Head to Toe Assessment

The secondary survey (head-to-toes) is a more thorough examination conducted by the first aider and is carried out for casualties with potential injuries. If the casualty is unconscious and breathing adequately, they are left in the recovery position, and the casualty’s signs of life are checked regularly throughout the secondary survey.

The Process

The secondary survey is conducted in a methodical manner from which signs, symptoms and history can be established and is started at the head of the casualty. DO NOT forget to wear gloves and carry out the secondary survey in the correct order. This prevents the possibility of missing a more serious injury.

Head

  • Instruct the casualty not to move their head
  • Instruct the casualty not to move their head.
  • Look for any bleeding, swelling or deformity to the head or face.
  • Ask the casualty if they have a headache.
  • Look for discharge, blood or clear fluid from the ears, nose, eyes, or mouth.
  • Check over bony structures of the face for deformity or tenderness.
  • Ask if they have any pain to their head/face.
  • Ask the casualty if they can clench their jaw and if they have any pain when doing so.

Neck

  • Look for any swelling, deformity or bleeding
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  • Look for any swelling, deformity, or bleeding.
  • Remind the casualty not to move their head.
  • Ask the casualty if they have any neck pain.
  • Gently feel over the neck area for any deformity, bleeding, tenderness or altered sensation.

Chest (Thorax)

  • Look for any deformity, bleeding or swelling to the chest and shoulders.
  • Gently check the shoulders for fractures/dislocations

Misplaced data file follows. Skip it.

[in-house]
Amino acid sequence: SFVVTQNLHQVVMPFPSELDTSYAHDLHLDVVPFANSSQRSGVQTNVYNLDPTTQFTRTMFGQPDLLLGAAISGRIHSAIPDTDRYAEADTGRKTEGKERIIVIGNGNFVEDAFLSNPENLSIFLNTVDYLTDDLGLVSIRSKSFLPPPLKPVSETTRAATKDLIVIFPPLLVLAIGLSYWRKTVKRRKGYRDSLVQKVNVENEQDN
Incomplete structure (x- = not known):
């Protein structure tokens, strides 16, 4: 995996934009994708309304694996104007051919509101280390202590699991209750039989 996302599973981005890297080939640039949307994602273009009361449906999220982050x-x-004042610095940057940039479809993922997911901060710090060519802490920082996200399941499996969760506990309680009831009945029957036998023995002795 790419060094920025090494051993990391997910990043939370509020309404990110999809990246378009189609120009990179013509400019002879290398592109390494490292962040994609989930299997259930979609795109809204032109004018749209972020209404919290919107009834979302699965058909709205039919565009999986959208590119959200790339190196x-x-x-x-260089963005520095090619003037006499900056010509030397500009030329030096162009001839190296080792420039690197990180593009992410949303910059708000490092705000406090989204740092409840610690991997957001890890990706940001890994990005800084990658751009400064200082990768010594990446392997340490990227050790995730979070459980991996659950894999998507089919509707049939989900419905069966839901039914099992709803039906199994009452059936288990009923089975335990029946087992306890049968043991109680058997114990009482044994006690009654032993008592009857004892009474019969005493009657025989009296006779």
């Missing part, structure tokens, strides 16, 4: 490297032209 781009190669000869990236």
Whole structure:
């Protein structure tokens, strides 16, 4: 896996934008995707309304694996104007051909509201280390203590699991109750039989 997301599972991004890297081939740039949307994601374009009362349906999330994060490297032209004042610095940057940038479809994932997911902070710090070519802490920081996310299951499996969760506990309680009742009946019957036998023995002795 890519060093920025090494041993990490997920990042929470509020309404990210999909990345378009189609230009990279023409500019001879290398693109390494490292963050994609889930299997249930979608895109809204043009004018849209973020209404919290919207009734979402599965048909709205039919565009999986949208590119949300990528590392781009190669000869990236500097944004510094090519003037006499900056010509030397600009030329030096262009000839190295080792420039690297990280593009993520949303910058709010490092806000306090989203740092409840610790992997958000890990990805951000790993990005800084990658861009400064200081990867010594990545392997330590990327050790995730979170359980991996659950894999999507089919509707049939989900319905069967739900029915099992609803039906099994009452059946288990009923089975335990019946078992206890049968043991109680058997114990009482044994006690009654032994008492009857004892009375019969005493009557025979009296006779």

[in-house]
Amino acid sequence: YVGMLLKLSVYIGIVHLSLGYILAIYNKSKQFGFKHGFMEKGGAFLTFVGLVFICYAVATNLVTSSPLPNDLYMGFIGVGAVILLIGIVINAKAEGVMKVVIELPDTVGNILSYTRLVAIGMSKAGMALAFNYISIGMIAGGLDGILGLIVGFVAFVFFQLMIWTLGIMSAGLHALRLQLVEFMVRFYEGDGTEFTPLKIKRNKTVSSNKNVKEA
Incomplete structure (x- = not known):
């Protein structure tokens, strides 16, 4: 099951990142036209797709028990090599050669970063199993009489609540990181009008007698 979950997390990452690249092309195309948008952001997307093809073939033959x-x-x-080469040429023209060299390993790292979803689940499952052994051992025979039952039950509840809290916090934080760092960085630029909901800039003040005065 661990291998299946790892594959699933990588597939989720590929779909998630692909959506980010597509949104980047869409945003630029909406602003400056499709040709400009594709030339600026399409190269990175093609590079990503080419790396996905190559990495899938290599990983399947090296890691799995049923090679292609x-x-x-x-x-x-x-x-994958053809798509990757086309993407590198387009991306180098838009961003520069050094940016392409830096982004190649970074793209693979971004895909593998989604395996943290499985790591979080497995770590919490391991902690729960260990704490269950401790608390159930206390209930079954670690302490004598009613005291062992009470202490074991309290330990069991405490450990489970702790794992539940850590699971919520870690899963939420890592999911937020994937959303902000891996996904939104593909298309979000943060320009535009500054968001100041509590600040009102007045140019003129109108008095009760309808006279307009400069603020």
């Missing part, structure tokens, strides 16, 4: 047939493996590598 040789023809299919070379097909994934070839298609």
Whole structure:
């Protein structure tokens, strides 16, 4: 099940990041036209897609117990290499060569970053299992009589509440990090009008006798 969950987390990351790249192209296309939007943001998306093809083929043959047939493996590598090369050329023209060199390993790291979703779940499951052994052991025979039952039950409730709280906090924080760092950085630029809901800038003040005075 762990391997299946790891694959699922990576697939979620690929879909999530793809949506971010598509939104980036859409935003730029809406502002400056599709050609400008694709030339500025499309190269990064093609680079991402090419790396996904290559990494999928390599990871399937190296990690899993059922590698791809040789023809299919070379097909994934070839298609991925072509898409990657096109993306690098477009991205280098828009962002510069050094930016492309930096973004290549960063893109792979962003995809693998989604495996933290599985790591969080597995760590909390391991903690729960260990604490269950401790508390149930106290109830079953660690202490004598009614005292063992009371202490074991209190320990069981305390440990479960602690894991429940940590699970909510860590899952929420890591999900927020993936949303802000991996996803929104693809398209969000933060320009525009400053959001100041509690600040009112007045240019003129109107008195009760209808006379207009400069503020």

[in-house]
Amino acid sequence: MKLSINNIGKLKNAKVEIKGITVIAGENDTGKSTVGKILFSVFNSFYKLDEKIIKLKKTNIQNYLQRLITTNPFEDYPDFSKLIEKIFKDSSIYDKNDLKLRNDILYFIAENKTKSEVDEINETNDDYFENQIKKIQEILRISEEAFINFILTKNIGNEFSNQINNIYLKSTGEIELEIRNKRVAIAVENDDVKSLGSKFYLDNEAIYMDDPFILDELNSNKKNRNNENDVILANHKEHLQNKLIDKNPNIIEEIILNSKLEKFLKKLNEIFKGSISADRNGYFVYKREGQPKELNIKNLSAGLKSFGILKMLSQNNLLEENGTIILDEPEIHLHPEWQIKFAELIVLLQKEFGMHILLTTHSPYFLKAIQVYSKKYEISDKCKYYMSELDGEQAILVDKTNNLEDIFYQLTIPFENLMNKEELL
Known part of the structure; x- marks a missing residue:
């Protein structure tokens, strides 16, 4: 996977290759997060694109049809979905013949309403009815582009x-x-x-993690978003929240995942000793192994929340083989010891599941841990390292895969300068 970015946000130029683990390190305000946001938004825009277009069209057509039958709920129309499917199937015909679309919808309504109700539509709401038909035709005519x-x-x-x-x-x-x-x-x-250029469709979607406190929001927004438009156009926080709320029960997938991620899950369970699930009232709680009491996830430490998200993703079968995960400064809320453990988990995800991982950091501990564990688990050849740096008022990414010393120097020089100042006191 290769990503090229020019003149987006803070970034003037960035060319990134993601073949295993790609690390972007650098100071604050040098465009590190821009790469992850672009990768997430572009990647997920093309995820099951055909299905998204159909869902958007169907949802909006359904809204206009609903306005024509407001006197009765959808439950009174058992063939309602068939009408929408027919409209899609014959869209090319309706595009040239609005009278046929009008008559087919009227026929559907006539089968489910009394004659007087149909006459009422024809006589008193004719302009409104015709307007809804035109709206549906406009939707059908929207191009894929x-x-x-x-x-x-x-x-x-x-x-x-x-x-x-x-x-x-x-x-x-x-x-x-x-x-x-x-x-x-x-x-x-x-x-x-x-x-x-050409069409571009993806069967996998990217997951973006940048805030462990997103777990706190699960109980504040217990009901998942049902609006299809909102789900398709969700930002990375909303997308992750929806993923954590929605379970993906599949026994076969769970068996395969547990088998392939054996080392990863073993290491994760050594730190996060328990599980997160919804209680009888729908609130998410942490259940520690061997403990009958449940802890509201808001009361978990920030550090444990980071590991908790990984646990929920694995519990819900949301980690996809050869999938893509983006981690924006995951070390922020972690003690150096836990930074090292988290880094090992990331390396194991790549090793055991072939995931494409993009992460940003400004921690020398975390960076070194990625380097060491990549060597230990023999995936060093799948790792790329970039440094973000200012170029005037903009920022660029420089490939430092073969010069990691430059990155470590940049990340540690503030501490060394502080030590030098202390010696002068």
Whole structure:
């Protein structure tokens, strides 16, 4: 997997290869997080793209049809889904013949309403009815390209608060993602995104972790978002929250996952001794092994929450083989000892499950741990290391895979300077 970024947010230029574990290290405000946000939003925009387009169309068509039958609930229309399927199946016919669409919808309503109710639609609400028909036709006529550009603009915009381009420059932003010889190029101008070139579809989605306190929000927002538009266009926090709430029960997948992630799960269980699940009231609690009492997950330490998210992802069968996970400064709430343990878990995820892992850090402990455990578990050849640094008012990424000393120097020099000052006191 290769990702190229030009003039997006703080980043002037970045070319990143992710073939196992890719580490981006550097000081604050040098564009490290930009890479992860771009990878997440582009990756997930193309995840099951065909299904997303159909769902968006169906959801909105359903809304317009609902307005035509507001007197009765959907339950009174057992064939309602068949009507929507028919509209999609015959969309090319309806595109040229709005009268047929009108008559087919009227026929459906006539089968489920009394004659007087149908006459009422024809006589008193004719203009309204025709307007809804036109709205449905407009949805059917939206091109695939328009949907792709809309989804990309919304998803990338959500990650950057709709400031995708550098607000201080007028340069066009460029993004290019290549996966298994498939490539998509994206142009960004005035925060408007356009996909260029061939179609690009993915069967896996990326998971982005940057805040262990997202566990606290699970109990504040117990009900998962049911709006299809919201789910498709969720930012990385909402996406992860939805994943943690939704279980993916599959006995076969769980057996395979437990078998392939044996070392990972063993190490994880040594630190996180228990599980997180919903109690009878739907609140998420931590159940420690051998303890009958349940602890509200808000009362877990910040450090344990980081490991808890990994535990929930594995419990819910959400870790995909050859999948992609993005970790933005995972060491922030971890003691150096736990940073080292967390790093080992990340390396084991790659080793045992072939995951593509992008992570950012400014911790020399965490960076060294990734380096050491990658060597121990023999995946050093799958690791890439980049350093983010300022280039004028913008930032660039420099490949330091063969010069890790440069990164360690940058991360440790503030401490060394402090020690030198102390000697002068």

• Ask the casualty to take a deep breath.
  • Listen for any noisy breathing.
  • Look and feel for the rise and fall of the chest.
  • Ask the casualty if they have any pain or are short of breath.

Stomach (Abdomen) and Hips (Pelvis)

  • Ask the casualty if they have any pain to the stomach (abdomen) or hips (pelvis)
  • Gently feel over the abdominal area for tenderness, guarding (tightened area of muscle caused by injury)
  • Look for any swelling, bleeding, or bruising.
  • Is the stomach bloated (distended)?
  • Is the casualty guarding the stomach?

Arms

  • Look for any deformity, bleeding or swelling
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  • Look for any deformity, bleeding or swelling.
  • Ask the casualty if they have any pain to the arms.
  • Feel over the arms for any bleeding, tenderness, deformity, or loss of stability.
  • Does the casualty have any numbness or tingling to the arms?
  • Is there any loss of feeling or movement to the arms?
  • Ask the casualty to squeeze your fingers to assess strength and pain.

Pelvis

  • History of the incident
  • Take note of any indication of incontinence (which may indicate a recent history of unconsciousness)
  • Priapism (erection in a male) associated with trauma can be a sign of a serious spinal cord injury.
  • Internal pain
  • May be signs and symptoms of shock.
  • Possible outward rotation of the foot

Legs

  • Look for any deformity, bleeding or swelling.
  • Feel down each leg for bleeding, deformity, tenderness, and stability.
  • Ask the casualty if they have any pain to the legs.
  • Does the casualty have numbness or tingling to the legs?
  • Is there any loss of feeling or movement to the legs?

Spine

  • Ask if the casualty has pins and needles or loss of feeling anywhere.
  • Ask the casualty if they have any back pain.

With assistance:

  • Gently roll the casualty onto their side while supporting the head and neck
  • Gently feel and look for any deformity or bleeding to the back including the spine.
  • Gently roll the casualty back into their original position

During the secondary survey, if any serious injuries are found, they should be treated immediately. The first aider must also tailor the secondary survey to the situation and circumstances at the scene. If you do have to treat a serious injury handle the casualty carefully

NOTE:   If the casualty is suspected of having a spinal injury or complains about numbness or tingling to the arms and legs, DO NOT move the casualty unless it is to preserve life. Wait for the doctor/ambulance to arrive on scene. Keep the casualty warm while waiting.